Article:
In a childhood and early adulthood marked by adventure and upheaval, Ms. Swift grew up on military bases from New York to Hawaii as her father rose to the rank of major general in the Army Air Forces during World War II. She married a few years after the war and accompanied her husband, a CIA officer, to operations in Baghdad, where she hunted jackals in the desert, and London, where she developed a strong bond with theater while raising four children.
In the late 1960s, she was a divorced mother living in Washington who was looking for ways to “recreate” herself, as her daughter recalled. Ms. Swift earned master’s degrees in acting and art history, and as heiress to the National Cash Register fortune, she became entangled in the city’s thriving arts scene as a shopper and socially connected host.
Her home, then on Reservoir Road in the Georgetown neighborhood, became a meeting place for artists such as Sam Gilliam, William Christenberry and Jacob Kainen to mingle with prominent art dealers, most notably their boyfriend Harry Lunn Jr. She also offered bedrooms for visiting artists, including dancer Lucinda Childs. One overnight guest, photographer Robert Mapplethorpe, accidentally (she suspected) left a cache of homoerotic images.
Sometimes she appeared at vernissages in riding breeches and riding boots – costume jewelry that expressed their equal fondness for the equestrian life. In 1977 she became a production assistant at The Washington Review, a publication that had sprung up two years earlier to provide in-depth coverage of the local art scene and had proved instrumental in furthering the careers of several local writers and visual artists.
Co-founder Clarissa Wittenberg described Ms. Swift as outspoken, with refreshing candor and a sense of mission about the magazine’s anti-commercial ethos, which focuses on less-established but promising literary and visual artists working in the nation’s capital. “We’re not market-oriented,” Ms. Swift, who was quickly promoted to editor-in-chief, told The Washington Times. “We prefer to discover talent and feature those who we believe are about to launch a brilliant career.”
Ms. Swift made it clear to Wittenberg that she was not available to subsidize the perpetually tight surgery — that what she wanted most was to work. In addition to her management role, she worked as an author and (self-taught) photographer.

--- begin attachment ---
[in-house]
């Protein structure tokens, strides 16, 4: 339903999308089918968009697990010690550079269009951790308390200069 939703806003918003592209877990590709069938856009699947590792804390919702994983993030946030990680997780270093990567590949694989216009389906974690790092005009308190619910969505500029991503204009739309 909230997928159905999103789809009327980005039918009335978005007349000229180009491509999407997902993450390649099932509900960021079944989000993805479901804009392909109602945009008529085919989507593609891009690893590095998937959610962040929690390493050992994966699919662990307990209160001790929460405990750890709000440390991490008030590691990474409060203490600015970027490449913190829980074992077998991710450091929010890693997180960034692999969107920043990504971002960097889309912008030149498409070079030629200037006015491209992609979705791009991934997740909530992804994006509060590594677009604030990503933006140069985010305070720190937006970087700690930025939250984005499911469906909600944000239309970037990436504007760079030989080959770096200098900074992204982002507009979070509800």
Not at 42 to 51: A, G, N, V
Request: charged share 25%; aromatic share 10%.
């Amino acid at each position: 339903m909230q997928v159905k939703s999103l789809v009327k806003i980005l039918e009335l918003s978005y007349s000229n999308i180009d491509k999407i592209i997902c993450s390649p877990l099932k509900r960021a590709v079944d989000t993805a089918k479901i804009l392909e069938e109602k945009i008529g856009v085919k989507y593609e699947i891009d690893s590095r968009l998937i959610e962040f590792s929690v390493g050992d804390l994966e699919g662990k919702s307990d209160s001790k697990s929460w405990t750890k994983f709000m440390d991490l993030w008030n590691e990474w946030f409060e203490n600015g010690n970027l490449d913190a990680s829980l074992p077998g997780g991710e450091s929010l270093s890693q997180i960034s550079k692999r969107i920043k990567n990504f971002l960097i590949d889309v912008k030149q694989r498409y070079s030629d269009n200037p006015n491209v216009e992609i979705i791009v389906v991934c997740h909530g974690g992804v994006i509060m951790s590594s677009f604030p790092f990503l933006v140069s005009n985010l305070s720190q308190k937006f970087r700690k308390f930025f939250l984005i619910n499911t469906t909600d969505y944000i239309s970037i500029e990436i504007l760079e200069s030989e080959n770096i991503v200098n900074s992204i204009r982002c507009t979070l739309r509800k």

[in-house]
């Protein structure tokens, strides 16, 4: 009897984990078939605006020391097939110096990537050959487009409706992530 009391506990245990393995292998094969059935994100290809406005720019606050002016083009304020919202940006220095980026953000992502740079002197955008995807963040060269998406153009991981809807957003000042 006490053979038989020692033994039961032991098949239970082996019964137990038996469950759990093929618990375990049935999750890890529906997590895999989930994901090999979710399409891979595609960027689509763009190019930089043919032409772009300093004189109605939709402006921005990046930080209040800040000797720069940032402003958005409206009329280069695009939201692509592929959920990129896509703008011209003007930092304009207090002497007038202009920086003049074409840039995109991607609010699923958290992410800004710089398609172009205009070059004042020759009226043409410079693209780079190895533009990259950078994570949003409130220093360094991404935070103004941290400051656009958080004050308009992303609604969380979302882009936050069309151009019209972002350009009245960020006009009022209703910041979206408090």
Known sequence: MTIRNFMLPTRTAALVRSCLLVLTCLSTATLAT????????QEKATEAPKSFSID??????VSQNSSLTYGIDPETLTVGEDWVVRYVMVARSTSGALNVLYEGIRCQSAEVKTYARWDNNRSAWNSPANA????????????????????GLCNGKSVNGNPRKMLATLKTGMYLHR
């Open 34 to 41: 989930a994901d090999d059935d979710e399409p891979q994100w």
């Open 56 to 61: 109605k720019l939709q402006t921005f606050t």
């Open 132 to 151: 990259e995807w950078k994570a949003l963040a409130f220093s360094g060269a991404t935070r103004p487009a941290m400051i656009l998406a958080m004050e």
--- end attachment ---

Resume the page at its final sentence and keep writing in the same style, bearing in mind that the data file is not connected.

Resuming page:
Using her handheld Leica, she peppered her “victims,” as she jokingly called them — including sculptor Martin Puryear and curator Walter Hopps — with quick questions about her art while capturing close-ups in black and white. Many of these images appeared in a 2005 retrospective of Ms. Swift’s photographic work at the district’s Flashpoint Gallery, with artist Sidney Lawrence commenting on Artnet.com that she “perfectly captured the insane small-town charm of mutton chop era DC art.”
According to Wittenberg, the bimonthly magazine helped provide important early publicity for artists like Puryear and was responsible for the inclusion of several local authors in literary anthologies. The Washington Review was discontinued in 2001 as Wittenberg and Ms. Swift neared retirement.
Mary Howard Davidson was born on October 13, 1926 in Mineola, NY and was in Hawaii during the Japanese attack on Pearl Harbor in 1941. Her father Howard was a key figure at Wheeler Field near Honolulu at the time and later commanded the 10th Air Force in the China-Burma-India Theater. Her mother was the former Mary Patterson, whose father and uncle founded the National Cash Register production company.
After leaving Hawaii after the attack, Ms. Swift graduated from Madeira Private School in McLean, Virginia in 1944 and Vassar College in 1950. She received a master’s degree in speech and drama from Catholic University in 1973 and a master’s degree in art history from George Washington University in 1978.
Her marriage to Carleton B. Swift Jr. ended in divorce. Their daughter Lila Swift, 13, died in a plane crash in 1973. Mrs Swift’s brother Stuart Davidson, an investment banker turned restaurateur who owned Clyde’s of Georgetown and the Old Ebbitt Grill, died in 2001.
In addition to their daughter Isabel of Washington, survivors include two sons, Byron Swift of Washington and Bill Swift of Bethesda, Md.; a sister; four grandchildren; and three great-grandchildren.
In addition to her work with the Washington Review, Ms Swift occasionally helped curate exhibitions at area galleries and in 1978 served as assistant curator for a Corcoran Gallery of Art retrospective of the painter Howard Mehring, about whom she had written her art history dissertation.
She has also served on the boards of local arts institutions, including the Washington Project for the Arts; contributed art criticism to the Georgetowner newspaper; and has served on the Corcoran Women’s Committee and other fundraising bodies. From her longtime home in Upperville, she was an integral part of the Virginia hunting country social scene and a master rider until she left the saddle at 85.